DHAKA – The US Congress has expressed deep concern over the growing political violence in Bangladesh as two major political parties remained adamant in their respective positions and feared that further instability might lead to expansion of “extremist” groups threatening “regional security”.

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The observation was made at a hearing, titled “Bangladesh in Turmoil: A Nation on the Brink” held at Rayburn House Office Building.

The US Congressional Sub Committee on Asia and the Pacific arranged it with US Representative Steve Chabot, Chairman of the Sub Committee on Asia and the Pacific, in the chair.

Ed Royce, Chairman of the Foreign Affairs’ Committee, Professor Ali Riaz, a Bangladeshi born Professor and Chair, Department of Politics and Government, Illinois State University and a public policy scholar at the Woodrow Wilson Centre, Major General (retd.) ANM Munir Uz Zaman, President of the Bangladesh Institute of Peace and Security Studies and John Sifton, Asia Advocacy Director, Human Rights Watch participated in the hearing as witness speakers.

Responding to a question on political situation, Professor Ali Riaz said, “I’m not very much optimistic about an inclusive election at this point unless something dramatic happens.”

On a recent meeting between Bangladesh Nationalist Party [BNP] Chairperson Begum Khaleda Zia and country’s president Mohammad Abdul Hamid, he said the President has a very limited constitutional power. “In that case how much he will be able to intervene in this kind of situation is not very clear.”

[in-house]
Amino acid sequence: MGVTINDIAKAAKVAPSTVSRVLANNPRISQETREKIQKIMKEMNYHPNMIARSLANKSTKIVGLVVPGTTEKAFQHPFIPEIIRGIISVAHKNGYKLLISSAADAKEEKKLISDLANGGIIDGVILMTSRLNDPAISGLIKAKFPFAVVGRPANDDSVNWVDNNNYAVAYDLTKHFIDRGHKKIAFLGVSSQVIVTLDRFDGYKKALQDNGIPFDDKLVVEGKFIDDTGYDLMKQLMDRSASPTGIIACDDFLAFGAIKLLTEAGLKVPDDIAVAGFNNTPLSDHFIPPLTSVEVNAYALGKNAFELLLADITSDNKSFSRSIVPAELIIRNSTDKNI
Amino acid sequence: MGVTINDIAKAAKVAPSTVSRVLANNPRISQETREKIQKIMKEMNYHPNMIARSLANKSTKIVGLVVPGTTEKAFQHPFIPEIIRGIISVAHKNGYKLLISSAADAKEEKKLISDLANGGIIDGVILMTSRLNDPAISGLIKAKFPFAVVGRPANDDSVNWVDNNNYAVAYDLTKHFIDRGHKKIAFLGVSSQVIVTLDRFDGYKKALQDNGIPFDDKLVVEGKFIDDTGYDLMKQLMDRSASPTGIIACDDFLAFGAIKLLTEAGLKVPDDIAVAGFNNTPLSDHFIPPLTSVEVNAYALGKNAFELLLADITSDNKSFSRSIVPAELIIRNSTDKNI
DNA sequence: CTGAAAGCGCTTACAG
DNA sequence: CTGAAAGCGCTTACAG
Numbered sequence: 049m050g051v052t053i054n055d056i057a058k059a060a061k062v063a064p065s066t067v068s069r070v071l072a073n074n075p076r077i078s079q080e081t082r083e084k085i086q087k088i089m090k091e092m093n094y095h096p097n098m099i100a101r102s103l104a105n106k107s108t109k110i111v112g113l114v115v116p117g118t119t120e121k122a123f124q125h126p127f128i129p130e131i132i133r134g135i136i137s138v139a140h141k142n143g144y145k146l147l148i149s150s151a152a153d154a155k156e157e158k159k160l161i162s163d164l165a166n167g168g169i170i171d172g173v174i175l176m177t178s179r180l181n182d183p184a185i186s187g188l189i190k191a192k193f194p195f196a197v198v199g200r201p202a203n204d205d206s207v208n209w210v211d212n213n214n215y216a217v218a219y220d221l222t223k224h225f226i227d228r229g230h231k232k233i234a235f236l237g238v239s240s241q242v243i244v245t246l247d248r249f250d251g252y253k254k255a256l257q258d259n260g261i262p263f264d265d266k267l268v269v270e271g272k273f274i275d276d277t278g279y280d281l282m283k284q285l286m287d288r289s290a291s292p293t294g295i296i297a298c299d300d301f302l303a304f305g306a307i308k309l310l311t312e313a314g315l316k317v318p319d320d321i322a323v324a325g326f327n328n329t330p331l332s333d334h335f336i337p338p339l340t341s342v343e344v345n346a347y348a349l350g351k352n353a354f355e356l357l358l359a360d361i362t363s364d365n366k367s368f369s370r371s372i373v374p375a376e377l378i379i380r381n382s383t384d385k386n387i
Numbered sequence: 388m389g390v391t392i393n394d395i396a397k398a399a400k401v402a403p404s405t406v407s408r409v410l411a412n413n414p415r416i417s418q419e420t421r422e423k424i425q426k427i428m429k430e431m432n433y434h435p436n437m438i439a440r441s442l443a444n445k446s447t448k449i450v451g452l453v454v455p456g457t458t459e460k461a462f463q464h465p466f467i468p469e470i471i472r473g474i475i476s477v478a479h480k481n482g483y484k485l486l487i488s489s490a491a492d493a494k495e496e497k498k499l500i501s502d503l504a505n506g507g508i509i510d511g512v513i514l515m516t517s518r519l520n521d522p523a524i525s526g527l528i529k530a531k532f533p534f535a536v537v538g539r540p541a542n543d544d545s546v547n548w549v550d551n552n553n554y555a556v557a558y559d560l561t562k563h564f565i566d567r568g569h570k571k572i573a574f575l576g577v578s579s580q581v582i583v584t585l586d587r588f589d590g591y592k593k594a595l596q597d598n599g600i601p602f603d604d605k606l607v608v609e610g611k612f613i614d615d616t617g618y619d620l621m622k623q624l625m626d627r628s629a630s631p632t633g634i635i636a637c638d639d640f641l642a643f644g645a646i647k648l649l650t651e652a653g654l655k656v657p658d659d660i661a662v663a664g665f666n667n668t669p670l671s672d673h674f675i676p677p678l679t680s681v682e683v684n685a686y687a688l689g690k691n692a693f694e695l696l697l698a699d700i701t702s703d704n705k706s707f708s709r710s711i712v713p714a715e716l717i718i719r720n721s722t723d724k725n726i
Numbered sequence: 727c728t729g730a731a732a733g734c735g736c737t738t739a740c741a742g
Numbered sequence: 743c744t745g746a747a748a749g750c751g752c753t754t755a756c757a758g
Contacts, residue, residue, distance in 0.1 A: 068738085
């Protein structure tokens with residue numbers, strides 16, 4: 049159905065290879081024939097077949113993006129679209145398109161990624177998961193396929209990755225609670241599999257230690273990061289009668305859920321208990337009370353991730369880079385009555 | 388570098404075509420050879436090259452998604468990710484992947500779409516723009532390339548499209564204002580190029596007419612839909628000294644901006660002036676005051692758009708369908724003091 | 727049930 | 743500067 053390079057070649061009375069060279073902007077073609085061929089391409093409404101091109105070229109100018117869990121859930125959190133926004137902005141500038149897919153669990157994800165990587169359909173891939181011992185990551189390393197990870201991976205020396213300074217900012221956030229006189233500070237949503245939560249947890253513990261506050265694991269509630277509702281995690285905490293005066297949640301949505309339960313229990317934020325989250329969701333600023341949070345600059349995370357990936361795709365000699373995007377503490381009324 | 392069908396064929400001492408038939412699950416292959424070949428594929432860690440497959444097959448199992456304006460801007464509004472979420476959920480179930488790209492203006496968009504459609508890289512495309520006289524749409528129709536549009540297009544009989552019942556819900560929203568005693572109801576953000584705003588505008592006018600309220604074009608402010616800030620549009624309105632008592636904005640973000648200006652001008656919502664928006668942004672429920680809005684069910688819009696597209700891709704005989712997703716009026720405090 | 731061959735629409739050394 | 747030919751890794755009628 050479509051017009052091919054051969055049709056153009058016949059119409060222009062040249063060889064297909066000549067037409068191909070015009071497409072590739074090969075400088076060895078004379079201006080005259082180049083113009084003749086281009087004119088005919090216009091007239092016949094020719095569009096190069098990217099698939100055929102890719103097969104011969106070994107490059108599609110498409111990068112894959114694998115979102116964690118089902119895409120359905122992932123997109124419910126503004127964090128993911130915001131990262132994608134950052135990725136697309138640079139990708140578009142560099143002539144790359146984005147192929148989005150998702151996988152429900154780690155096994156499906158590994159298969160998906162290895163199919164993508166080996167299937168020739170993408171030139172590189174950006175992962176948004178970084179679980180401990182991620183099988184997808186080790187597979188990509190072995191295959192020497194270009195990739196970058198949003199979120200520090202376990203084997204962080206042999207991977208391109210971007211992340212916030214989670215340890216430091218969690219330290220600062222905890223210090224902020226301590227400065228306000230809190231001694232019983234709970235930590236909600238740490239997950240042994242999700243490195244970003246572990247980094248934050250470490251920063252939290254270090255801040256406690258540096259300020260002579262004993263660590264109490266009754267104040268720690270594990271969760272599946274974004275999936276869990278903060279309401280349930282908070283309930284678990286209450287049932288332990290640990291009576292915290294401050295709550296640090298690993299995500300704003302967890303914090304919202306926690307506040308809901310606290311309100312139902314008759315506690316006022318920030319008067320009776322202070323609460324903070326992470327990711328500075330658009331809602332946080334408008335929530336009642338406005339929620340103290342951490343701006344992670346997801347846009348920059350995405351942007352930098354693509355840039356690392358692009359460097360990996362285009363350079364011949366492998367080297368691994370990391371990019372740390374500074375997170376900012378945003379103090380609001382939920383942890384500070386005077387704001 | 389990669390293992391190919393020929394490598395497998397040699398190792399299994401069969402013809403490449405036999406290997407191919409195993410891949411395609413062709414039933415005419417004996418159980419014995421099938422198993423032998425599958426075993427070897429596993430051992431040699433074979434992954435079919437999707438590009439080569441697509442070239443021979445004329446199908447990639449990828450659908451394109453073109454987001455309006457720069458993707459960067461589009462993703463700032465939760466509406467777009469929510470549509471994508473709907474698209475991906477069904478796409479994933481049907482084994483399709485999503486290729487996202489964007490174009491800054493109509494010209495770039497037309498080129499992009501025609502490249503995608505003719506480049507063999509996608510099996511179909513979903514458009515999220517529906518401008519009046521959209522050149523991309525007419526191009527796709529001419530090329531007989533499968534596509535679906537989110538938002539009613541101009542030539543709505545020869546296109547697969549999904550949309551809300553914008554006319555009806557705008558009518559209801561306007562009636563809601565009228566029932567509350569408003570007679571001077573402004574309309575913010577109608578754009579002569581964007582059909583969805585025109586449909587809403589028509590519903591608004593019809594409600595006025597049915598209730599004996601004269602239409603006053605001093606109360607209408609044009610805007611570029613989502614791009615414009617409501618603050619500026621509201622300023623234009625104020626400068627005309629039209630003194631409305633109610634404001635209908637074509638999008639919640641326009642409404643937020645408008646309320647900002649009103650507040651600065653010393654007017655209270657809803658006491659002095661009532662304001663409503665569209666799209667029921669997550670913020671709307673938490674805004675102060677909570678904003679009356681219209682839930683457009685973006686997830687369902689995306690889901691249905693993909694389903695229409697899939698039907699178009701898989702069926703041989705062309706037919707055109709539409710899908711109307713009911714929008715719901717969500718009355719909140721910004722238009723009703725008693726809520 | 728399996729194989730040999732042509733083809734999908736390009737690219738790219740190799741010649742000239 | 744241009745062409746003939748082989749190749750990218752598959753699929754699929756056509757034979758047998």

Ali Riaz, however, said, “There’s no doubt in my mind that he has moral power. The President does carry some order.”

He said the most likely scenario is that a non-inclusive election Bangladesh is going to experience. “I wish I’m wrong. But as of today that what it looks like.”

The analyst also mentioned two options — at least some sort of accommodation of opposition’s demand, including a cabinet not-headed by the incumbent Prime Minister would be an option or deferral of election.

Ali Riaz said the present political crisis in Bangladesh can be turned into an opportunity to build a stable democratic prosperous country.

“It’s time for Bangladeshi political leaders to take the right decisions to hold an inclusive election, agree on post election tolerant behavior, rein in extremism, commit to address the issues of war crimes judiciously, and commit to regional peace, and it’s time for the international community to help them in this regard,” he said.

He also mentioned that economic and social achievements of recent decades show that the citizens are capable of taking steps in the right direction.

“The upcoming election is important at both domestic and regional levels with significance for the US,” Riaz added.

He said Bangladeshi politics is once again at the crossroads and the constitution requires an election to be held by 24 January 2014. “But there is no agreement between the opposition and the ruling parties as to who will oversee the election.”